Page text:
Some Theory About Noise

February 14, 2010

The first thing to understand about picture noise (aka grain, speckles) is that it’s already present in the optical image brought into focus on the sensor.

Even when you photograph something featureless and uniform like a blank sky, the light falling onto the sensor isn’t creamy and smooth, like mayonnaise. At microscopic scales, it’s lumpy & gritty.

This is because light consists of individual photons. They sprinkle across the sensor at somewhat random timings and spacings. And eventually you get down to the scale where one tiny area might receive no photons at all, even as its neighbor receives many.

Perhaps one quarter of the photons striking the sensor release an electron—which is stored, then counted by the camera after the exposure. This creates the brightness value recorded for each pixel. (There is also a bit of circuit noise sneaking in, mostly affecting the darkest parts of the image.)

But no matter how carefully a camera is constructed, it is subject to photon noise—sometimes called “shot noise.” You might also hear some murmurs about Poisson statistics, the math describing how this noise is distributed.

When you start from a focused image that’s tiny (as happens with point & shoot cameras), then magnify it by dozens of times, the more noticeable this inherent noise becomes:

Compact Camera Noise Sample

Small Sensors Struggle With Noise

In fact, the only way to reduce the speckles is to average them out over some larger area. However, the best method for doing this requires some consideration.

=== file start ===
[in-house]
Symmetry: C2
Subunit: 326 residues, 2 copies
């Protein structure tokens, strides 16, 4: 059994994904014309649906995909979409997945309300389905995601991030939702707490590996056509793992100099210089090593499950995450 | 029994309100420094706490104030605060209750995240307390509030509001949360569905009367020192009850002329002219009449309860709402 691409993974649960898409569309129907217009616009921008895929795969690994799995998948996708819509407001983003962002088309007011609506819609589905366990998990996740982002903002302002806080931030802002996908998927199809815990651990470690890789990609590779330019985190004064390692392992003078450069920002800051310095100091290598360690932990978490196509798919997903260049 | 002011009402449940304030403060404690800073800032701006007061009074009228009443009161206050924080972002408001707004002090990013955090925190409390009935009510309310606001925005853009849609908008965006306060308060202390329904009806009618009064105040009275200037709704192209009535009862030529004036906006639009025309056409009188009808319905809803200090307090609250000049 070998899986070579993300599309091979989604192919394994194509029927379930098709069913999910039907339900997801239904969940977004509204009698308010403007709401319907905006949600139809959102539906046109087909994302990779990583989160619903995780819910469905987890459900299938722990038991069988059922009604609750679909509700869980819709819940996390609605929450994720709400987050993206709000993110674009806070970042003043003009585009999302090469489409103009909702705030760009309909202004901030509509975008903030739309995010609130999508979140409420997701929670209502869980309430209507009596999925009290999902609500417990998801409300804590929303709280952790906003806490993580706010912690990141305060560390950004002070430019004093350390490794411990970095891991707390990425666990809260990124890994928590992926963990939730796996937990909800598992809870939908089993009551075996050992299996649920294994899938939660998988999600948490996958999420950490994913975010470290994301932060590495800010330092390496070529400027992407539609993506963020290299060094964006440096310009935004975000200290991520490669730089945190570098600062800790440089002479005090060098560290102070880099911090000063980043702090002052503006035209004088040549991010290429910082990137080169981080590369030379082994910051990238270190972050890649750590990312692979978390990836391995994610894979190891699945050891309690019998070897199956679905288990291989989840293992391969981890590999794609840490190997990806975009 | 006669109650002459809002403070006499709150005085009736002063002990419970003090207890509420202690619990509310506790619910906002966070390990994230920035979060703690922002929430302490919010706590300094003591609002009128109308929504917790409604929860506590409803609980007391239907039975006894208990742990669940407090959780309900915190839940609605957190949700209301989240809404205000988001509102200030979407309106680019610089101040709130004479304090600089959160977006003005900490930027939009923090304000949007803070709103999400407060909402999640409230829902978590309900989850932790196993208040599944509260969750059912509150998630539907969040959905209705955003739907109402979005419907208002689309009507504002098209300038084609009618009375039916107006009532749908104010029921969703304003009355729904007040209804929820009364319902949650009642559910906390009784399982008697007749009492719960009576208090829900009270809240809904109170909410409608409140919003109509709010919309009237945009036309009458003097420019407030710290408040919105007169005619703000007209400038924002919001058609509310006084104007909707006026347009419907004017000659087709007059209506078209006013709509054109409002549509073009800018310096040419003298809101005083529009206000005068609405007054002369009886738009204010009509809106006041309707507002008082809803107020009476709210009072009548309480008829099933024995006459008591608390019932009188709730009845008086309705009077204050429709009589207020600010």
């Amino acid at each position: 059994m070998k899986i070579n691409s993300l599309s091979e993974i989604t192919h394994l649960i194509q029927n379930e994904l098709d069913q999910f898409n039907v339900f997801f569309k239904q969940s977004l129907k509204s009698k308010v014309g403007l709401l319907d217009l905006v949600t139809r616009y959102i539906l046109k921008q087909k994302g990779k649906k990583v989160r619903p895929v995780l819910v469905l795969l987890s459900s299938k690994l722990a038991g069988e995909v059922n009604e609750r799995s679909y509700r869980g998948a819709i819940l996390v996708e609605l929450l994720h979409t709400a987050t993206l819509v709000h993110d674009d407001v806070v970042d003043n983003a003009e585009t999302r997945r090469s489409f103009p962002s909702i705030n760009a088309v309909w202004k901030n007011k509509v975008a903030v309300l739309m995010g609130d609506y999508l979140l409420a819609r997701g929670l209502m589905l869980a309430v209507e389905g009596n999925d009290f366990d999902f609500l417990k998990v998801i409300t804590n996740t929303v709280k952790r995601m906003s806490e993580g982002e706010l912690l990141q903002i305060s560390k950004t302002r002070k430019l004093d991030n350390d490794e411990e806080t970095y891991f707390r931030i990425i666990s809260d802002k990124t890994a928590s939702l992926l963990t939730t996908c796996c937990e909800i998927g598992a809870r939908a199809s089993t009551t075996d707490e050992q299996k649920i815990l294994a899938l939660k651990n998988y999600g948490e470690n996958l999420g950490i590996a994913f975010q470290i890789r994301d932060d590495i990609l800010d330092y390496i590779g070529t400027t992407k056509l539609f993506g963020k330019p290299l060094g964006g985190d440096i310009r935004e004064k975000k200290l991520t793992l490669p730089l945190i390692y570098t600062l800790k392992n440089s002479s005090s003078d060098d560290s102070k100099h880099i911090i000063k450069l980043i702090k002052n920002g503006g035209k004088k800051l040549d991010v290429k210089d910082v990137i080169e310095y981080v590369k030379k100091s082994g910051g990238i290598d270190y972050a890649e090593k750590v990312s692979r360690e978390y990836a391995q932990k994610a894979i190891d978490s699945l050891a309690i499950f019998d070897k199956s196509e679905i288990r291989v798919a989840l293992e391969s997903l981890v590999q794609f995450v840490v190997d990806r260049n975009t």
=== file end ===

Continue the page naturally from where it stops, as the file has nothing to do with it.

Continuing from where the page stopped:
The most obvious solution is this: You decide what is the minimum spatial resolution needed for your uses (i.e., what pixel count), then simply make each pixel the largest area permissible. Bigger pixels = more photon averaging.


Lets recall that quite a nice 8 x 10″ print can be made from a 5 Mp image. The largest inkjet printers bought by ordinary citizens print at 13 inches wide; 9 Mp suffices for this, at least at arm’s length. And any viewing on a computer screen requires far fewer pixels still.

The corollary is that when a photographer does require more pixels (and a few do), you increase the sensor size, not shrink the pixels. For a given illumination level (a particular scene brightness and f/stop) the larger sensor will simply collect more photons in total—allowing better averaging of the photon noise.

But say we take our original sensor area, then subdivide it into many smaller, but noisier, pixels. Their photon counts are bobbling all over the place now! The hope here is that later down the road, we can blend them in some useful way that reduces noise.

One brute-force method is just applying a small-radius blur to the more pixel-dense image. However this will certainly destroy detail too. It’s not clear what advantage this offers compared to starting from a crisp, lower-megapixel image (for one thing, the file size will be larger).

Today, the approach actually taken is to start with the noisier high-megapixel image, then run sophisticated image-processing routines on it. Theoretically, smart algorithms can enhance true detail, like edges; while smoothing shot noise in the areas that are deemed featureless.

This is done on every current digital camera. Yet it must be done much more aggressively when using tiny sensors, like those in compact models or phone-cams.

One argument is that by doing this, we’ve simply turned the matter into a software problem. Throw in Moore’s law, plus ever-more-clever programming, and we may get a better result than the big-pixel solution. I associate the name Nathan Myrvold with this form of techno-optimism (e.g. here). Assuming the files were saved in raw format, you might even go back and improve photos shot in the past.